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Siberia Goldfield (Waverley), Kalgoorlie-Boulder Shire, Western Australia, Australia

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Location is approximate, estimate based on other nearby localities.
Latitude & Longitude (WGS84): 30° South , 121° East (est.)
Margin of Error:~2km

86 kilometres north-west of Kalgoorlie, and 25 kilometres north-west of Ora Banda. Gold was discovered here in October 1893 by Billy Frost and Bob Bonner. What resulted next is an incredible story which deserves to be better known.

Many of the Mindat localities for Western Australia relate to gold discoveries in the 1890s, in the dry interior of the continent. The regions around Kalgoorlie contain salmon gum woodland and scrub, but this does mean there is any water. These plants have adapted to the dry conditions, and with no roads, maps, towns, getting lost would be an easy thing to do, and many prospectors perished. Water at Coolgardie during the goldrush there in the early 1890s cost more than gold itself.

We have a detailed description of Billy Frost: horseman, drover, overlander, buffalo hunter and discoverer of the 19 mile goldfield. In fact I suspect the following description printed in the Melbourne Argus newspaper was written by Billy himself it is so over the top: 'tall, strongly built, with a resolute devil-may-care expression which marked him as tough amongst even the tough Coolgardie crowd, able to walk miles under a sweltering sun or ride a 24 hour stage without turning a hair, with this went absolute knowledge of bushlore, ability to smell water 10 miles away, and a vocabulary as extensive and ready as his iron hard fist'.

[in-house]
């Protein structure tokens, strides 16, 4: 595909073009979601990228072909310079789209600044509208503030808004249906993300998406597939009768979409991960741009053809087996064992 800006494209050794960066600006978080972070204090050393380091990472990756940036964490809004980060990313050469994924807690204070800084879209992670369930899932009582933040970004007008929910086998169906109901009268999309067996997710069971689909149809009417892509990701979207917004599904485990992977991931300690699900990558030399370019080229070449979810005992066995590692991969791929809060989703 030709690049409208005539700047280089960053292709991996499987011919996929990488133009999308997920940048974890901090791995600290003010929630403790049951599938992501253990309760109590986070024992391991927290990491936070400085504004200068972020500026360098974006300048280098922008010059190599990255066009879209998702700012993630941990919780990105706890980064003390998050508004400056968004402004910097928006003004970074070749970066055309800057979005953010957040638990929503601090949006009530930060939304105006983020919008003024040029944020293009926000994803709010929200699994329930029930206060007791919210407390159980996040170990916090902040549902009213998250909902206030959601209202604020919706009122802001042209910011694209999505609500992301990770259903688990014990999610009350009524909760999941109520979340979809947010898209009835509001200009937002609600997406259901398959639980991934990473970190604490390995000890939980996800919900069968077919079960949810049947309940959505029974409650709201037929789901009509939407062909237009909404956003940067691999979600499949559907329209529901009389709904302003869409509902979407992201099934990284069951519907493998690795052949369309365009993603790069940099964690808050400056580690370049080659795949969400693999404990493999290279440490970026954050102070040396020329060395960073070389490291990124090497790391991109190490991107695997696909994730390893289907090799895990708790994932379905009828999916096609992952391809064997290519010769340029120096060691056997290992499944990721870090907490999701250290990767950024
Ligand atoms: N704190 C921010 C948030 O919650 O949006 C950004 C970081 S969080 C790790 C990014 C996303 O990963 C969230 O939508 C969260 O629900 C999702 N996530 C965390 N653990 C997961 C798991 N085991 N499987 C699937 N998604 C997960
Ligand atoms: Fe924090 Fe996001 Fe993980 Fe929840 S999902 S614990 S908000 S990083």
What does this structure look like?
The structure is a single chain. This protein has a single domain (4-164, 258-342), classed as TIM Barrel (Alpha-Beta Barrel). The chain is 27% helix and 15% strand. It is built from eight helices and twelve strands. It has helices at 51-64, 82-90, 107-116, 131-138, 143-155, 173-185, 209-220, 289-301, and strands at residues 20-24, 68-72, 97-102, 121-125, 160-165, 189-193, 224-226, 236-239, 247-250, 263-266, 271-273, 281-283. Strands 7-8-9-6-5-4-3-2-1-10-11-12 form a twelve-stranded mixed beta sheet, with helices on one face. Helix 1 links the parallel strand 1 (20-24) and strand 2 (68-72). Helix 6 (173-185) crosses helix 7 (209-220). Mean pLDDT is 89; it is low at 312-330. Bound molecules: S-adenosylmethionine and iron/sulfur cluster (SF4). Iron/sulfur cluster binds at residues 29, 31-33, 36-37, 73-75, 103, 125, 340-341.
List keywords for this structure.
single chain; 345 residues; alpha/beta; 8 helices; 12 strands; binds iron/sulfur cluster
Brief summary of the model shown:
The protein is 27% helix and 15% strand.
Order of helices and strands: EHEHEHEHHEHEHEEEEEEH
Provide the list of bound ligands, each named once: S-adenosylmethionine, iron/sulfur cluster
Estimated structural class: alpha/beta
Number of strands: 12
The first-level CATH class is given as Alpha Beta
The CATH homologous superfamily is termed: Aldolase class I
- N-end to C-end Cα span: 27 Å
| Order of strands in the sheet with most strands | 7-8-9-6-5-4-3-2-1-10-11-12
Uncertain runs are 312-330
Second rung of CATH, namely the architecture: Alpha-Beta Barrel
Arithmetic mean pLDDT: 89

He rode into Coolgardie with 50oz of gold and was mobbed. They had to wait for the announcement the next morning when Frost made his claim at the Warden Office. He called it Siberia, probably as an ironic joke. It came with a warning of no water and not to go. Virtually ever man by whatever means,left almost immediately with no idea of where the gold discovery was, other than 70 miles north-west of Coolgardie. The only other person to have been through the area was explorer Ernest Giles in 1875.